A clever way to release new documentation without releasing a new package that might confuse your user base.

The Problem

After my newest release of yapconf it was brought to my attention that the documentation didn’t look very good on PyPi. You can see for yourself. This made me very sad, as I had worked quite hard on the documentation.

It looked like I was missing some dashes underneath a header. Alas, I did not want to cut a brand new release just to make PyPi look better. After all, it was rendered correctly on GitHub and my readthedocs page also looked pretty good. Still, this irked me, so I took my lamenting to twitter.

Luckily, the Python community is absolutely amazing. I had the pleasure of meeting Brett Cannon, one of the Python core developers (and a key-note speaker at PyCon 2018). Luckily for me Brett had a solution that seemed to solve my problems.

Preventing the Problem

First, there was a library that could have helped me. @btskinn on twitter pointed me to a library called restview which was exactly what I needed. Using it couldn’t be simpler:

Install and run restview
pip install restview
restview --long-description

This let me see exactly what was wrong with my text. I got something like this in my browser:

<string>:146: (WARNING/2) Title underline too short.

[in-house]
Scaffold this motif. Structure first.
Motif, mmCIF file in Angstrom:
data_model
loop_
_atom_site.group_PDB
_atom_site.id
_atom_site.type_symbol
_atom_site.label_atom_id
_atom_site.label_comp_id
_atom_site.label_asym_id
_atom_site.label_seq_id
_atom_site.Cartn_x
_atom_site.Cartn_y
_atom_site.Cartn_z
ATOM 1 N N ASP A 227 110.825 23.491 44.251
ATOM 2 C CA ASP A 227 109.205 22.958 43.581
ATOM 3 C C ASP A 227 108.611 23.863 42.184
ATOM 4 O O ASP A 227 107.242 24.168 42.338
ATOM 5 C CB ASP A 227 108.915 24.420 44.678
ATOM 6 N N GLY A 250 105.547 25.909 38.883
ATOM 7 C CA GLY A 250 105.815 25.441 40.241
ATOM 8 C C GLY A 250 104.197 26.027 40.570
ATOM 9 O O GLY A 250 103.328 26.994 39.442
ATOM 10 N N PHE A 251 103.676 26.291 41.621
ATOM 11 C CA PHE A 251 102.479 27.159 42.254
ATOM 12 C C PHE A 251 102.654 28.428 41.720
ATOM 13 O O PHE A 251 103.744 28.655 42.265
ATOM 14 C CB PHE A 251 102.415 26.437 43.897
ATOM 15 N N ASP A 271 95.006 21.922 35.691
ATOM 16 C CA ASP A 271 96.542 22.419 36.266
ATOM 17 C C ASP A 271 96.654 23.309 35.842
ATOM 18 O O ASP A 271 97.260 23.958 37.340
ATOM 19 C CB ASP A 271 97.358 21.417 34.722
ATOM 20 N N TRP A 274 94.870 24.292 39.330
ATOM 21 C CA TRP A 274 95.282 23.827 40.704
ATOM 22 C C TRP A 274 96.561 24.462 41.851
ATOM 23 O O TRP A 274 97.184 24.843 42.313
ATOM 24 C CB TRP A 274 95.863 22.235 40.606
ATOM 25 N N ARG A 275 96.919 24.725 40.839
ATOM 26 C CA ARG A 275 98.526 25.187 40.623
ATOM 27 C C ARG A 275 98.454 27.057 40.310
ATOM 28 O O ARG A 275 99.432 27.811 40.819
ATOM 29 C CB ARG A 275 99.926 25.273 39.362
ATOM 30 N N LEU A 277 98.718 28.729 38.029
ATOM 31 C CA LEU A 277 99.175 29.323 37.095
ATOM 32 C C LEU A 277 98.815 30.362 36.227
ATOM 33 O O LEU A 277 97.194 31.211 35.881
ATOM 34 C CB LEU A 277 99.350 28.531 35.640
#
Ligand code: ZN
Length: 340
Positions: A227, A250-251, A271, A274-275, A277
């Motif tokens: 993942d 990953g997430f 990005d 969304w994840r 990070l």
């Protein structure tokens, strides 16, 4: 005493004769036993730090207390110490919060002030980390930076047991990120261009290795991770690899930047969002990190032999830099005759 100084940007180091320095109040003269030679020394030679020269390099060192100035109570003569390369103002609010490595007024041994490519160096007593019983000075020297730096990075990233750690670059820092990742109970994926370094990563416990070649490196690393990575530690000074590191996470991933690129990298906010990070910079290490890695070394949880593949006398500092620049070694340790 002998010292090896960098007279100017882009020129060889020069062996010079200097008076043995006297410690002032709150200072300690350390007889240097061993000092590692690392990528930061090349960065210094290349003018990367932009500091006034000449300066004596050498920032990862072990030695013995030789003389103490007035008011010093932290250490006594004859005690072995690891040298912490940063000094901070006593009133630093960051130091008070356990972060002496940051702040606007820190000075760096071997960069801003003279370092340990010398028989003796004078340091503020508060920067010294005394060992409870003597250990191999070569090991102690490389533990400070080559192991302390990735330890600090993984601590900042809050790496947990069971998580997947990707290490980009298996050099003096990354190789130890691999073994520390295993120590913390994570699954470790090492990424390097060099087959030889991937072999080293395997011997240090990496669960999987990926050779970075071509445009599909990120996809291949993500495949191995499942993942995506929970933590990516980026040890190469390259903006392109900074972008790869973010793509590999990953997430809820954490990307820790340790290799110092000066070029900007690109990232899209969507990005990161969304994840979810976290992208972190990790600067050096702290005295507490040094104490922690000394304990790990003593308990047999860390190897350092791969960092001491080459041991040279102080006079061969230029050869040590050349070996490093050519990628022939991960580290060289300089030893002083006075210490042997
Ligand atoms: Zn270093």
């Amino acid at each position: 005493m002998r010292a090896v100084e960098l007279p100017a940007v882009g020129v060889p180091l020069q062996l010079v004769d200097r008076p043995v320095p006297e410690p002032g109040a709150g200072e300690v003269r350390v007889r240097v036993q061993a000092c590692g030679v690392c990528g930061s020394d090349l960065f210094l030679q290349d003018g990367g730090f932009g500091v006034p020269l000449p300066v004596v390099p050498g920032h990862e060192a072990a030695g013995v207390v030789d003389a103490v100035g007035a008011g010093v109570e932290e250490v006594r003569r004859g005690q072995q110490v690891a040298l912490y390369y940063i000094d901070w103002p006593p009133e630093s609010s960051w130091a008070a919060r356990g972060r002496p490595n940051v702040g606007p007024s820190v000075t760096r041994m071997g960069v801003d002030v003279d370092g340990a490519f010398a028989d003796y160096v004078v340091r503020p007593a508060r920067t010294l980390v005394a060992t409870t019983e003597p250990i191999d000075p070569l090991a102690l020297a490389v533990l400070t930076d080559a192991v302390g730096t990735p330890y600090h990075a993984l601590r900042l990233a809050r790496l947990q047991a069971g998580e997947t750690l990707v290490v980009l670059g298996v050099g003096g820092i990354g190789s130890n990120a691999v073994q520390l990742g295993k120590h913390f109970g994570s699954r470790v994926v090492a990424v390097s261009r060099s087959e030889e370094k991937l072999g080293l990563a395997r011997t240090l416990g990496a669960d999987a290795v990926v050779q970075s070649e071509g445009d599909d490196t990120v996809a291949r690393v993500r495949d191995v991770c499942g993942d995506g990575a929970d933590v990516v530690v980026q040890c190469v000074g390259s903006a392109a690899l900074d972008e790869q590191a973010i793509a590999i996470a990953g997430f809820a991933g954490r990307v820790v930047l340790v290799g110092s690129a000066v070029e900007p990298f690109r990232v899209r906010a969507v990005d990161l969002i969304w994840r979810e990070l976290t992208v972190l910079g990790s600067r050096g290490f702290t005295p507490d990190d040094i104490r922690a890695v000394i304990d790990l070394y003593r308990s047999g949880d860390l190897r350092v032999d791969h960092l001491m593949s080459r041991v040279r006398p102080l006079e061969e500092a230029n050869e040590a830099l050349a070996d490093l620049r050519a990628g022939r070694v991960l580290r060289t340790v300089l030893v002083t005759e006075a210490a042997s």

0.3.1 (2018-06-07)


If I had used restview from the beginning, I wouldn’t have been in this pickle to begin with. I would have known there was a problem before I released, and fixed it.

Solving the Problem

Sadly, I did not know what the problem was before I released, and I imagine I could miss it again. So I edited my HISTORY.rst and now it looked correct. No more warnings anywhere. I can now use a versioning technique described in PEP-0440 called post relases.

The concept is very simple. You can add .postN to the end of your semantic version for your package. This will indicate to end users that this change has no actual bug fixes and instead are just fixes related to minor errors in, for example, a HISTORY.rst

I just updated my version number 0.3.2 => 0.3.2.post1 and ran make release and boom! The documentation is fixed.

The conclusion

I learned some valuable lessons:

  1. Twitter can be quite helpful.
  2. The Python Community is awesome.
  3. restview is a very helpful library.
  4. The post release version is meant for this problem exactly.

Thanks for reading! If you have a better way to do it, feel free to comment or hit me up on twitter @loganasherjones